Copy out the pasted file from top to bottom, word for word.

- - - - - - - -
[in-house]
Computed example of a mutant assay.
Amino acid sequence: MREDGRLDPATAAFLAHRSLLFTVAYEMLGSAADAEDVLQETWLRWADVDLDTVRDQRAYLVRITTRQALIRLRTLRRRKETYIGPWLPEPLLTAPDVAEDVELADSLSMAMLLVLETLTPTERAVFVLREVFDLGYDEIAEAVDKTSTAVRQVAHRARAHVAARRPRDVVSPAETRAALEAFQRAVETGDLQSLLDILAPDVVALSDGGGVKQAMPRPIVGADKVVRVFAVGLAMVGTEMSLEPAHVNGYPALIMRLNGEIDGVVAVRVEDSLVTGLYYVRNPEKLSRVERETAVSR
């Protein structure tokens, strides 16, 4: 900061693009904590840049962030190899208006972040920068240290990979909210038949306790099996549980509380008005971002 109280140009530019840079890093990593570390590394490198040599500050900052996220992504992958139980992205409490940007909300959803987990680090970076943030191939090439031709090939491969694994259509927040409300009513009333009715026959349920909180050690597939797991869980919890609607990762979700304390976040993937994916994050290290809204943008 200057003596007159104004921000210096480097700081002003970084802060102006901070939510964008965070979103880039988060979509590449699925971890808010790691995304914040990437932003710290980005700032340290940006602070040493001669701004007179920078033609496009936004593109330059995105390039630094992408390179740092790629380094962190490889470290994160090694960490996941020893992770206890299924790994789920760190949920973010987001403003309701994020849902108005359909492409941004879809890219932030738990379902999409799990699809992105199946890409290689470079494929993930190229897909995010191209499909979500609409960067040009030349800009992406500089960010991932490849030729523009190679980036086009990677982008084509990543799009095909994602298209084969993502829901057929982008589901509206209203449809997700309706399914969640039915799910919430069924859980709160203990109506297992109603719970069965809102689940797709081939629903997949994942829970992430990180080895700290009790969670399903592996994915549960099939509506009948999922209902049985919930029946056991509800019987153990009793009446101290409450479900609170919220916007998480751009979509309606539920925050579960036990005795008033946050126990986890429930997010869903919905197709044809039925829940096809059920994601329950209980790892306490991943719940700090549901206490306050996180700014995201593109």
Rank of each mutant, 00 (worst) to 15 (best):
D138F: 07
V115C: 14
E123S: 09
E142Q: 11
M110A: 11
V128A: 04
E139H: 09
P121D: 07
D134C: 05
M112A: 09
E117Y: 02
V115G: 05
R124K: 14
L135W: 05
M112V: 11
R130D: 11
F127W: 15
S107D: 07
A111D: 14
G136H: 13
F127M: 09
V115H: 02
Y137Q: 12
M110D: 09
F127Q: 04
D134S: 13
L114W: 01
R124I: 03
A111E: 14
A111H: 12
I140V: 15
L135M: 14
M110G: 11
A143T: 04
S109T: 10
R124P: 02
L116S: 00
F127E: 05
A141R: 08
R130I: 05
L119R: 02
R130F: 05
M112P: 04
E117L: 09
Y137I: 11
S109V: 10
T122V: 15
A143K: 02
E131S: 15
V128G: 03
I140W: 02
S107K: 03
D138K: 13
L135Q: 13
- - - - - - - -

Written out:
[in-house]
Computed example of a mutant assay.
Amino acid sequence: MREDGRLDPATAAFLAHRSLLFTVAYEMLGSAADAEDVLQETWLRWADVDLDTVRDQRAYLVRITTRQALIRLRTLRRRKETYIGPWLPEPLLTAPDVAEDVELADSLSMAMLLVLETLTPTERAVFVLREVFDLGYDEIAEAVDKTSTAVRQVAHRARAHVAARRPRDVVSPAETRAALEAFQRAVETGDLQSLLDILAPDVVALSDGGGVKQAMPRPIVGADKVVRVFAVGLAMVGTEMSLEPAHVNGYPALIMRLNGEIDGVVAVRVEDSLVTGLYYVRNPEKLSRVERETAVSR
């Protein structure tokens, strides 16, 4: 900061693009904590840049962030190899208006972040920068240290990979909210038949306790099996549980509380008005971002 109280140009530019840079890093990593570390590394490198040599500050900052996220992504992958139980992205409490940007909300959803987990680090970076943030191939090439031709090939491969694994259509927040409300009513009333009715026959349920909180050690597939797991869980919890609607990762979700304390976040993937994916994050290290809204943008 200057003596007159104004921000210096480097700081002003970084802060102006901070939510964008965070979103880039988060979509590449699925971890808010790691995304914040990437932003710290980005700032340290940006602070040493001669701004007179920078033609496009936004593109330059995105390039630094992408390179740092790629380094962190490889470290994160090694960490996941020893992770206890299924790994789920760190949920973010987001403003309701994020849902108005359909492409941004879809890219932030738990379902999409799990699809992105199946890409290689470079494929993930190229897909995010191209499909979500609409960067040009030349800009992406500089960010991932490849030729523009190679980036086009990677982008084509990543799009095909994602298209084969993502829901057929982008589901509206209203449809997700309706399914969640039915799910919430069924859980709160203990109506297992109603719970069965809102689940797709081939629903997949994942829970992430990180080895700290009790969670399903592996994915549960099939509506009948999922209902049985919930029946056991509800019987153990009793009446101290409450479900609170919220916007998480751009979509309606539920925050579960036990005795008033946050126990986890429930997010869903919905197709044809039925829940096809059920994601329950209980790892306490991943719940700090549901206490306050996180700014995201593109």
Rank of each mutant, 00 (worst) to 15 (best):
D138F: 07
V115C: 14
E123S: 09
E142Q: 11
M110A: 11
V128A: 04
E139H: 09
P121D: 07
D134C: 05
M112A: 09
E117Y: 02
V115G: 05
R124K: 14
L135W: 05
M112V: 11
R130D: 11
F127W: 15
S107D: 07
A111D: 14
G136H: 13
F127M: 09
V115H: 02
Y137Q: 12
M110D: 09
F127Q: 04
D134S: 13
L114W: 01
R124I: 03
A111E: 14
A111H: 12
I140V: 15
L135M: 14
M110G: 11
A143T: 04
S109T: 10
R124P: 02
L116S: 00
F127E: 05
A141R: 08
R130I: 05
L119R: 02
R130F: 05
M112P: 04
E117L: 09
Y137I: 11
S109V: 10
T122V: 15
A143K: 02
E131S: 15
V128G: 03
I140W: 02
S107K: 03
D138K: 13
L135Q: 13